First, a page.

Like-for-like sales edge ahead at Sainsbury’s supermarkets as Argos acquisition drives growth
- Credit: Archant
Sainsbury’s said today that like-for-like sales edged 0.1% higher over the quarter including Christmas, but warned that the market remains “very competitive” and the impact of the pound on prices is “uncertain”.
The UK’s second biggest supermarket chain said it delivered a “good” Christmas performance in the 15 weeks to January 7, while robust Black Friday trading helped its recent acquisition Argos notch up a 4% increase in like-for-like sales.
Mike Coupe, group chief executive, said: “The market remains very competitive and the impact of the devaluation of sterling remains uncertain.
“However, we are well placed to navigate the external environment and remain focused on delivering our strategy.”
The recent performance is well behind that of smaller rival Morrisons, which on Tuesday hailed its best Christmas for seven years after sales surged by 2.9% in the nine weeks to January 1, but still marks Sainsbury’s first quarter of like-for-like growth in a year.
Mr Coupe said the supermarket saw record trading during Christmas week, with more than 30m customer transactions and more than £1bn of sales across the group.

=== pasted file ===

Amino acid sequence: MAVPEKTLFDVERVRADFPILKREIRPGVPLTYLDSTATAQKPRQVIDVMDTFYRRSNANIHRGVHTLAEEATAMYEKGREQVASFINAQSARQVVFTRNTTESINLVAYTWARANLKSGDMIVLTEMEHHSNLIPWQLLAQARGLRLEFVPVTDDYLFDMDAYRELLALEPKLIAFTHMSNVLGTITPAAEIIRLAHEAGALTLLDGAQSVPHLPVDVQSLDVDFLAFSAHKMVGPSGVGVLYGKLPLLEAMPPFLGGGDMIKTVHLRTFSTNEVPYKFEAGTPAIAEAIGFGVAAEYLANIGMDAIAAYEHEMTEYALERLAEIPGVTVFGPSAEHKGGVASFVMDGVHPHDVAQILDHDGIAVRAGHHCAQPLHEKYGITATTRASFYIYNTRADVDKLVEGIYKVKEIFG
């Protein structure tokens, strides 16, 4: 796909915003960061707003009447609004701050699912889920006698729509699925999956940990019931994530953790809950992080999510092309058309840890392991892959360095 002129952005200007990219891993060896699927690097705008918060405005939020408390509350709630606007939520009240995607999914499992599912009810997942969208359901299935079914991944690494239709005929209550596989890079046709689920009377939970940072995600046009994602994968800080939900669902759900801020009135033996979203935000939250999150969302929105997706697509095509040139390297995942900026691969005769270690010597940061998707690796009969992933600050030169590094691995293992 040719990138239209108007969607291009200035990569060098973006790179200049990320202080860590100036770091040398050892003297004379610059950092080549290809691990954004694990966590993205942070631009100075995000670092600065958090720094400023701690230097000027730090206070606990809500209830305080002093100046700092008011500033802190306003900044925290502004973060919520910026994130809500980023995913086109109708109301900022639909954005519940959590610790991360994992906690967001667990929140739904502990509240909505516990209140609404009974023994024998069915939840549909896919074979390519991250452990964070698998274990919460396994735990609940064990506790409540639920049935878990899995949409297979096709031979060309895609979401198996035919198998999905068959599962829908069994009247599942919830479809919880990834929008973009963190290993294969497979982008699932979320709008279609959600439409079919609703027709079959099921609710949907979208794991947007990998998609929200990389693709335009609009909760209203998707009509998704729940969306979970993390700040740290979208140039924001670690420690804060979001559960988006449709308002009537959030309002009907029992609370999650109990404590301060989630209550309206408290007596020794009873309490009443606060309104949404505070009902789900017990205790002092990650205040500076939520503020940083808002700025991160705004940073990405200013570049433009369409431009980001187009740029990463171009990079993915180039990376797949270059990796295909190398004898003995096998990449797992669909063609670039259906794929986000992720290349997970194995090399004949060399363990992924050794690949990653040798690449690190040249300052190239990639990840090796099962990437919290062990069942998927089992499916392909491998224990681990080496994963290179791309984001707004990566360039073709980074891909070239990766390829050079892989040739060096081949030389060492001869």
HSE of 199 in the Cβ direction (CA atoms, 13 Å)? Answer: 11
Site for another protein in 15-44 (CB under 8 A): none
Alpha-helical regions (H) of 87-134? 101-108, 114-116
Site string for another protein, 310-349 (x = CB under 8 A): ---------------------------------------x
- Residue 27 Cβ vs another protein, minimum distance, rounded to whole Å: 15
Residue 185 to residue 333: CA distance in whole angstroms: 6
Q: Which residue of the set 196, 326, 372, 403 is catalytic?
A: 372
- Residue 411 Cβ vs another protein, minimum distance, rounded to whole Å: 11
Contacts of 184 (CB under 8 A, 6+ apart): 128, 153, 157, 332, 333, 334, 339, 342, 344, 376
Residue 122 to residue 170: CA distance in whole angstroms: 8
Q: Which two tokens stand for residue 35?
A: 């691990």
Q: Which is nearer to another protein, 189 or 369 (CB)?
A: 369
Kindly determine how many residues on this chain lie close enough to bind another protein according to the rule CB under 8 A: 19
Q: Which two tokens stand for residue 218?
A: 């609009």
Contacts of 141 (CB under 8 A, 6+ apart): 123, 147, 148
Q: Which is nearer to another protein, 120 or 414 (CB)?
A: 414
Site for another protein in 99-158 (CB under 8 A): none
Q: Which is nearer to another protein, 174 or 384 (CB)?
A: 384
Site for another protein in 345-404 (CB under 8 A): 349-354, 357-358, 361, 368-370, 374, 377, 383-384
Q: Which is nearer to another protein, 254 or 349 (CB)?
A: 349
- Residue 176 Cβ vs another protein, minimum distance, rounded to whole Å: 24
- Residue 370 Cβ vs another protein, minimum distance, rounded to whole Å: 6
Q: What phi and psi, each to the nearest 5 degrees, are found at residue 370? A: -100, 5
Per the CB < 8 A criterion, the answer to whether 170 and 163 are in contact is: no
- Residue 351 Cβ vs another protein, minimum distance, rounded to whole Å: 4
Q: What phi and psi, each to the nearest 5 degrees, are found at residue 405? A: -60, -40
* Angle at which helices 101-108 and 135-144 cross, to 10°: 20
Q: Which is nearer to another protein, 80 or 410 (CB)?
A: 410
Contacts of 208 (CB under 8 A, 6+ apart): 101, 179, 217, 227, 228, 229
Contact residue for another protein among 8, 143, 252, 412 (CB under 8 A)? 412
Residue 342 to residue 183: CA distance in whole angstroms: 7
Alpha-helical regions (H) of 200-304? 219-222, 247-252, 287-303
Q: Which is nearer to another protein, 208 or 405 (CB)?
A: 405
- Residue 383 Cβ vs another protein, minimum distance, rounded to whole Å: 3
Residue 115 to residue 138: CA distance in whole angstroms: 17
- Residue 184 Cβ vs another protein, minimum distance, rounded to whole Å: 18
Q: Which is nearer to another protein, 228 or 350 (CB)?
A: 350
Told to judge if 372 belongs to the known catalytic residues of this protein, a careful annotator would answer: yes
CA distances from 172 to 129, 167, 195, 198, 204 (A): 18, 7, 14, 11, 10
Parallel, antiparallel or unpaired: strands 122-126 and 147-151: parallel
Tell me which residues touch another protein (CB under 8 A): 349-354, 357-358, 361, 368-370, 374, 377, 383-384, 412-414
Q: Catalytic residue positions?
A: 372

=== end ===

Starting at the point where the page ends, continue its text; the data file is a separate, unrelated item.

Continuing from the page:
Combined sales across the group, including its supermarkets and Argos stores, were 1% higher, excluding fuel.
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Mr Coupe said the sales growth at Argso and a trading boost seen in combined superstores “reinforced the case” for the acquisition.
Sainsbury’s snapped up Argos owner Home Retail Group last year in a £1.4mn deal. The group said it had shifted 500,000 parcels since September and 55,000 in the Christmas week alone as it increased Argos orders online.
In a further sign of food price rises on the horizon, Sainsbury’s said deflation in its grocery arm eased to 0.5% in its third quarter against 1% the previous three months.
On Tuesday, data from Kantar Worldpanel revealed the first food price inflation in more than two years across the sector over the Christmas quarter and Premier Foods said it was in talks with retailers over “mid-single digit” price rises.